but if he is afraid and camps on the other side of the stream, we shall cross over to him and the advantage will then be ours.'
As soon as Judas reached the watercourse, he posted people's scribes along it, giving them this order: 'Do not let anyone pitch his tent; all are to go into battle!'
He was himself the first across to the enemy side, with all the people following. He defeated all the opposing gentiles, who threw down their arms and ran for refuge in the sanctuary of Carnaim.
The Jews first captured the town and then burned down the temple with everyone inside. And so Carnaim was overthrown, and the enemy could offer no further resistance to Judas.
Next, Judas assembled all the Israelites living in Gilead, from the least to the greatest, with their wives, children and belongings, an enormous muster, to take them to Judaea.
They reached Ephron, a large town straddling the road and strongly fortified. As it was impossible to by-pass it either to right or to left, there was nothing for it but to march straight through.
But the people of the town denied them passage and barricaded the gates with stones.
Judas sent them a conciliatory message in these terms, 'We want to pass through your territory to reach our own; no one will do you any harm, we only want to go through on foot.' But they would not open up for him.
So Judas sent an order down the column for everyone to halt where he stood.
The fighting men took up their positions; Judas attacked the town all day and night, and the town fell to him.
He put all the males to the sword, rased the town to the ground, plundered it and marched through the town square over the bodies of the dead.
They then crossed the Jordan into the Great Plain, opposite Beth-Shean,
Judas all the time rallying the stragglers and encouraging the people the whole way until they reached Judaea.
They climbed Mount Zion in joy and gladness and presented burnt offerings because they had returned safe and sound without having lost a single man.
Alleluia, alleluia, alleluia
I give you a new commandment,
that you love one another.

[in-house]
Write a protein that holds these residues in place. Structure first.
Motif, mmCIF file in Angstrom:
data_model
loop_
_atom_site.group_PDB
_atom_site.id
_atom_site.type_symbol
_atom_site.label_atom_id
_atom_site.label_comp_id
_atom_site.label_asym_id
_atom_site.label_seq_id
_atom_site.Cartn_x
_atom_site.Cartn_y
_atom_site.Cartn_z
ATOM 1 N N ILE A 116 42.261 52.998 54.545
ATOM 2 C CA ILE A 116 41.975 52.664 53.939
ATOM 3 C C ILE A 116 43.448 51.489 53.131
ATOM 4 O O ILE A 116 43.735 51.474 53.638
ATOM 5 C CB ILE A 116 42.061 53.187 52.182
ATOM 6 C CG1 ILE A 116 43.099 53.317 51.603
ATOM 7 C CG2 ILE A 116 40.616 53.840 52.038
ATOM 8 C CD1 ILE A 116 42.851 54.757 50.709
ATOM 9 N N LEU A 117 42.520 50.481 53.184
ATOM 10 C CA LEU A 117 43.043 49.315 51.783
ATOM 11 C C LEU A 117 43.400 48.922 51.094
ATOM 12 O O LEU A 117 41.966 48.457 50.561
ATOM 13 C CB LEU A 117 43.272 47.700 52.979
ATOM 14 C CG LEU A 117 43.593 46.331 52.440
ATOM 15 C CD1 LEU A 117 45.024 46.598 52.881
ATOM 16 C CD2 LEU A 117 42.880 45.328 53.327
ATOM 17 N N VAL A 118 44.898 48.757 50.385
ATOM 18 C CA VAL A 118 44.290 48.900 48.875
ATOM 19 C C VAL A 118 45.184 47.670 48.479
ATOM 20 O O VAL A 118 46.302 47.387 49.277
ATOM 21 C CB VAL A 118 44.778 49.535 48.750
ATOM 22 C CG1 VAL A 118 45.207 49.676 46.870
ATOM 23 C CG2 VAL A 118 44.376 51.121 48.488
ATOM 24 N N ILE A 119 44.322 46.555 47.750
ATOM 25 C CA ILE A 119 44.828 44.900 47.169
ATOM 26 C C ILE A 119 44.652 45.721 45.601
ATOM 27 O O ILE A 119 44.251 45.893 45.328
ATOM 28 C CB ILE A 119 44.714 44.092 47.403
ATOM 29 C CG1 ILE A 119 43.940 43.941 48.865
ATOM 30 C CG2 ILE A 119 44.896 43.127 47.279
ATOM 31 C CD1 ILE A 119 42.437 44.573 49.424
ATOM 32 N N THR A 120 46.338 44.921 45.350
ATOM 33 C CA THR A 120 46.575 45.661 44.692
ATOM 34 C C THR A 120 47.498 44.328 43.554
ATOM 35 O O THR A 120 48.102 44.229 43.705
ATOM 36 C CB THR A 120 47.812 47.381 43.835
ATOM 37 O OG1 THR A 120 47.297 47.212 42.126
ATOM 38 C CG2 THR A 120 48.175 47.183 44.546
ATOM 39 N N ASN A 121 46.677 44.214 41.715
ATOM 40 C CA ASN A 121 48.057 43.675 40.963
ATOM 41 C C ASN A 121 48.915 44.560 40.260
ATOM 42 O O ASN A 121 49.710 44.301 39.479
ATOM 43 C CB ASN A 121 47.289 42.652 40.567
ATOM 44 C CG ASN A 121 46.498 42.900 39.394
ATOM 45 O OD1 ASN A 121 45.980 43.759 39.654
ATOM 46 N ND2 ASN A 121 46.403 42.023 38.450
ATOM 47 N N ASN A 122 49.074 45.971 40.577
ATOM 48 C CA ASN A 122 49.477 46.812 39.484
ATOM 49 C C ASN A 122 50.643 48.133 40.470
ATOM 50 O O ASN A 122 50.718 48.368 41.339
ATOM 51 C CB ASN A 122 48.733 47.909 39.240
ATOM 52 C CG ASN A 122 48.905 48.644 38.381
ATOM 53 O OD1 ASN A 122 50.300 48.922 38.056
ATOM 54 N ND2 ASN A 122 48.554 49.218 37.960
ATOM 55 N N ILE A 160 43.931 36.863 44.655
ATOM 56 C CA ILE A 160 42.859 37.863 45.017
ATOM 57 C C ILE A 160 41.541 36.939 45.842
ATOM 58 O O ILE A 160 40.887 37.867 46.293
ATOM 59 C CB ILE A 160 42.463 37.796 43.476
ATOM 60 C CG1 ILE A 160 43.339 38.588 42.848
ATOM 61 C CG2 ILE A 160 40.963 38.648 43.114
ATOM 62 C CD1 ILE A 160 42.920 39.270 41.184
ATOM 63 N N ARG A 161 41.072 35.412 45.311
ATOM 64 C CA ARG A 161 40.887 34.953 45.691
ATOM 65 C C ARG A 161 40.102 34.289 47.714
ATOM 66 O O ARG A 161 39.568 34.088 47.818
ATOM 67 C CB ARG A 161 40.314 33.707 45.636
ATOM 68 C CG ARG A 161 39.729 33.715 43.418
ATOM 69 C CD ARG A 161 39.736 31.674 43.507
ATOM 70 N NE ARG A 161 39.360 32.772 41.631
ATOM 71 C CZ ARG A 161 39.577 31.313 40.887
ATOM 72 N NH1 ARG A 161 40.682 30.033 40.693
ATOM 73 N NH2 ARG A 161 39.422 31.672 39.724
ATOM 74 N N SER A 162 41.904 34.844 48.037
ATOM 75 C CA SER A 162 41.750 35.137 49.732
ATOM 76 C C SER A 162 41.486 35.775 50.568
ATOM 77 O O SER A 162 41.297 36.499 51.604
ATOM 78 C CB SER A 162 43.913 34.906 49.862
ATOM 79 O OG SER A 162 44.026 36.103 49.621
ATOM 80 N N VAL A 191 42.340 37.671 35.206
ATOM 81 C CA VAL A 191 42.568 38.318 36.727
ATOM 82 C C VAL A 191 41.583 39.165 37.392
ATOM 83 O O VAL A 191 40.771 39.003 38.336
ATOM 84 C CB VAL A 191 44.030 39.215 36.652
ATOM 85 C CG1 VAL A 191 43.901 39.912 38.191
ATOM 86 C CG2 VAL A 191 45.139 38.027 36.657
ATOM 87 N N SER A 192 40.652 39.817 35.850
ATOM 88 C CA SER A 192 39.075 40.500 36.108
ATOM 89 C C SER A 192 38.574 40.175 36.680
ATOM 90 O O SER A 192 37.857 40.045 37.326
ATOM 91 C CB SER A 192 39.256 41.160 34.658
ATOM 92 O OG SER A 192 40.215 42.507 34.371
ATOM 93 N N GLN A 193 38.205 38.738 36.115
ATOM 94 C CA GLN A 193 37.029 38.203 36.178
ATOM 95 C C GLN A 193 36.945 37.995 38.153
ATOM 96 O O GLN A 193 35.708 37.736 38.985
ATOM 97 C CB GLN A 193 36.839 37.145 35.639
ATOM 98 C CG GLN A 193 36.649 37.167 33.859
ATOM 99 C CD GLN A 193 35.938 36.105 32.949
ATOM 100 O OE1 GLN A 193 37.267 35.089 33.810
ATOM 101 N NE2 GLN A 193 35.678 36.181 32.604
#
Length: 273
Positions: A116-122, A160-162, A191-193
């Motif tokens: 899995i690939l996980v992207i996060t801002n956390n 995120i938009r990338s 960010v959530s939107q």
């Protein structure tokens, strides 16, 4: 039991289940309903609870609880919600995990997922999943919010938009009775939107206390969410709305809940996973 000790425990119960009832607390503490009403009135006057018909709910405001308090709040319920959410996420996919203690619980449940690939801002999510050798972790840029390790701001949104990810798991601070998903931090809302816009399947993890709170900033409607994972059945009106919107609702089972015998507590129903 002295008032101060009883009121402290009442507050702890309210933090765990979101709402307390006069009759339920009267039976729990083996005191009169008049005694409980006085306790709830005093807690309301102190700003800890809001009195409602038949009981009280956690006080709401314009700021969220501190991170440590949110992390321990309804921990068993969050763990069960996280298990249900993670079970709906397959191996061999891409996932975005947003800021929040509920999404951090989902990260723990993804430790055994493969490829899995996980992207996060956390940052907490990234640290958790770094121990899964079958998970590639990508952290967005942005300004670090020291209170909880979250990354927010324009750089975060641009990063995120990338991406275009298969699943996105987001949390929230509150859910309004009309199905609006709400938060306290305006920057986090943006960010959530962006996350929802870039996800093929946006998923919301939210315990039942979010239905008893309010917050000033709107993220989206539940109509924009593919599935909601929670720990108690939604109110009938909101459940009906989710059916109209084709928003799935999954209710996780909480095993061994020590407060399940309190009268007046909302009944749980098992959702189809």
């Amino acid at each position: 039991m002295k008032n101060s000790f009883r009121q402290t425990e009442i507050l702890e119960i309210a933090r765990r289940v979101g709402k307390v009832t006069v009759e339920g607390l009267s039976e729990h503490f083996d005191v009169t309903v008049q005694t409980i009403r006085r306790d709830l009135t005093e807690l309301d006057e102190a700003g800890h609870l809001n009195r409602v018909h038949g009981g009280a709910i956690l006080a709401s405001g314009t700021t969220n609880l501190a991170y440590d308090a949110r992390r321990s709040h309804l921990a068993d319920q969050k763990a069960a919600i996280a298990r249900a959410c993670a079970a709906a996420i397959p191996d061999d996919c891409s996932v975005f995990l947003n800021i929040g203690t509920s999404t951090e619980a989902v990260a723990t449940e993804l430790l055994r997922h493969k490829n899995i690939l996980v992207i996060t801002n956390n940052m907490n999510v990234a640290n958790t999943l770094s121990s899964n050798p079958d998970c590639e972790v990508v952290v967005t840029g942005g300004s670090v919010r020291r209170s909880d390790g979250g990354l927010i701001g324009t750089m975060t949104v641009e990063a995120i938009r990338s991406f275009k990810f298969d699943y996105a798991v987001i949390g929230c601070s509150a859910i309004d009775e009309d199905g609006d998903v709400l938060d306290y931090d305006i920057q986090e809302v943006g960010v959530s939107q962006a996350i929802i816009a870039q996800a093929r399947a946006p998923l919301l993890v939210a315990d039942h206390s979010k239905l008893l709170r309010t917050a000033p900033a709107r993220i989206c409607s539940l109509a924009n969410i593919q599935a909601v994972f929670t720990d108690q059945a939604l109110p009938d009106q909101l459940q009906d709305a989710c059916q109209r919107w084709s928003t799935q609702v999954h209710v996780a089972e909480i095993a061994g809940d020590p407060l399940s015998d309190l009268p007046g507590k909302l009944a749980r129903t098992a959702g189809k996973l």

Alleluia, alleluia, alleluia
In a few lines the author tells us about the victorious action of Simon, the brother of Judas. Simon was sent to Galilee to fight against the Gentiles who oppressed the Jews in the region, he defeated them and took those Jews with him to Judea. The author then continues to describe with abundance of details the undertakings carried out by Judas in Gilead. Together with his other brother, Jonathan, he crossed the Jordan and went into the Transjordan desert where he met with the Nabateans. They were people of Arab or Aramaic origins who settled around the present city of Petra. Their main activity was trading and it allowed them to control the caravan routes of the Middle East that went from the Persian Gulf to the Red Sea. From the Nabateans Judas received valuable information about anti-Jewish movements and the conditions of the Jews throughout the Gilead. The six cities mentioned in the text are all located to the east of the Sea of Galilee, in the ancient Bashan. Judas decided to attack them. The only obstacle to overcome was the city of Bosor at the foot of Hauran. Here he applied the ruthless herem (v. 5; Num 31:7-12), that is the killing of all males, the complete looting and the general burning of everything. From Bosor, marching all night, Judas went towards the fortress of Dathema where the Jews took refuge to escape persecution. The city was besieged by the men of Timothy, and the next morning they stormed the city. It was urgent to act swiftly and decisively. Judas won the first battle, but Timothy reorganized his troops. The two of them knew that the clash was now decisive. Judas intervened first and broke the deadlock, throwing into disorder the ranks of the enemy troops that could not avoid the terrible fate of the herem. After successfully completing the various raids, Judas decided to lead all the Jews to Jerusalem. Increasing the Jewish population of Jerusalem and surrounding areas was more useful than ever to strengthen their return. Bearing in mind that there were women and children, Judas chose the easiest way and passed on the plateau along the Jordan which ran through a village called Ephron. Their opposition to the Jews resulted in the destruction of the village. How can we forget that the reaction of Jesus was quite different when his passing through a village of Samaria was refused? However, this was an era of the history of salvation in which the whole message of God was not yet understood. A similar thing had already happened at the time of the Exodus with Sihon, the king of the Amorites (Num 21:21-25). Finally, Judas with his troops and the Jews rescued from violence, crossed the Jordan collecting also the “laggards”, so they would not be lost: “Judas kept rallying the laggards and encouraging the people all the way until he came to the land of Judah” ( v. 53). The whole biblical story, until its apex in Jesus, testifies the clear will of God not to lose any of his people. Jesus will say clearly, “And this is the will of him who sent me, that I should lose nothing of all that he has given me” (Jn 6:39). Reflecting at the end of his life, Jesus says to his Father, “I did not lose a single one of those whom you gave me” (Jn 18:9). Of course, the violent methods used by Judas are far from Jesus’ way of thinking, but the will to save the children of God from slavery is the same. The goal is also identical, as written in the text, “So they went up to Mount Zion with joy and gladness, and offered burnt-offerings, because they had returned in safety; not one of them had fallen” (v. 54). God’s dream for the world was alive even then, that is, to lead all the peoples on the holy mountain of Zion.